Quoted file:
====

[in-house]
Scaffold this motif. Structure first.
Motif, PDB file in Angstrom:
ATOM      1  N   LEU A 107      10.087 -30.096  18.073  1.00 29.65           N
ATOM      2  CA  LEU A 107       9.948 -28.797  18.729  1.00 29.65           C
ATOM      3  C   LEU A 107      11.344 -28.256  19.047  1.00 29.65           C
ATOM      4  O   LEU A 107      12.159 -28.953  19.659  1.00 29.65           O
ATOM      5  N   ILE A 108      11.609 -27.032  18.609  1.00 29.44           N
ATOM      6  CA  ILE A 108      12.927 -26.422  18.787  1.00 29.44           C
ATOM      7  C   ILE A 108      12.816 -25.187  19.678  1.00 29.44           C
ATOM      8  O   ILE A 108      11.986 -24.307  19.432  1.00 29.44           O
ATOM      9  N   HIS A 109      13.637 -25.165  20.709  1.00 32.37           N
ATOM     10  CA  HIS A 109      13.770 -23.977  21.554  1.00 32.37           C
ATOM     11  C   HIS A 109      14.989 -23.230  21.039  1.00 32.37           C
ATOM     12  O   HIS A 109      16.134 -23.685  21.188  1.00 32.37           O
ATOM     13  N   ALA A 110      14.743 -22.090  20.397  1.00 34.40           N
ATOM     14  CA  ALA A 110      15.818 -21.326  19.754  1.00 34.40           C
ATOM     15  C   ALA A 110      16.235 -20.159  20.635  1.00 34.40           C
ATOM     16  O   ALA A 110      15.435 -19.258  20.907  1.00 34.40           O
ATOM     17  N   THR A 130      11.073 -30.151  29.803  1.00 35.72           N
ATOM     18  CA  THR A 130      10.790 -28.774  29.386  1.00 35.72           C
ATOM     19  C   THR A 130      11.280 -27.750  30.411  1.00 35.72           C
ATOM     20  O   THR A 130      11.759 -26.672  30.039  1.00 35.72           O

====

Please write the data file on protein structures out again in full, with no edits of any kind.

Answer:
[in-house]
Scaffold this motif. Structure first.
Motif, PDB file in Angstrom:
ATOM      1  N   LEU A 107      10.087 -30.096  18.073  1.00 29.65           N
ATOM      2  CA  LEU A 107       9.948 -28.797  18.729  1.00 29.65           C
ATOM      3  C   LEU A 107      11.344 -28.256  19.047  1.00 29.65           C
ATOM      4  O   LEU A 107      12.159 -28.953  19.659  1.00 29.65           O
ATOM      5  N   ILE A 108      11.609 -27.032  18.609  1.00 29.44           N
ATOM      6  CA  ILE A 108      12.927 -26.422  18.787  1.00 29.44           C
ATOM      7  C   ILE A 108      12.816 -25.187  19.678  1.00 29.44           C
ATOM      8  O   ILE A 108      11.986 -24.307  19.432  1.00 29.44           O
ATOM      9  N   HIS A 109      13.637 -25.165  20.709  1.00 32.37           N
ATOM     10  CA  HIS A 109      13.770 -23.977  21.554  1.00 32.37           C
ATOM     11  C   HIS A 109      14.989 -23.230  21.039  1.00 32.37           C
ATOM     12  O   HIS A 109      16.134 -23.685  21.188  1.00 32.37           O
ATOM     13  N   ALA A 110      14.743 -22.090  20.397  1.00 34.40           N
ATOM     14  CA  ALA A 110      15.818 -21.326  19.754  1.00 34.40           C
ATOM     15  C   ALA A 110      16.235 -20.159  20.635  1.00 34.40           C
ATOM     16  O   ALA A 110      15.435 -19.258  20.907  1.00 34.40           O
ATOM     17  N   THR A 130      11.073 -30.151  29.803  1.00 35.72           N
ATOM     18  CA  THR A 130      10.790 -28.774  29.386  1.00 35.72           C
ATOM     19  C   THR A 130      11.280 -27.750  30.411  1.00 35.72           C
ATOM     20  O   THR A 130      11.759 -26.672  30.039  1.00 35.72           O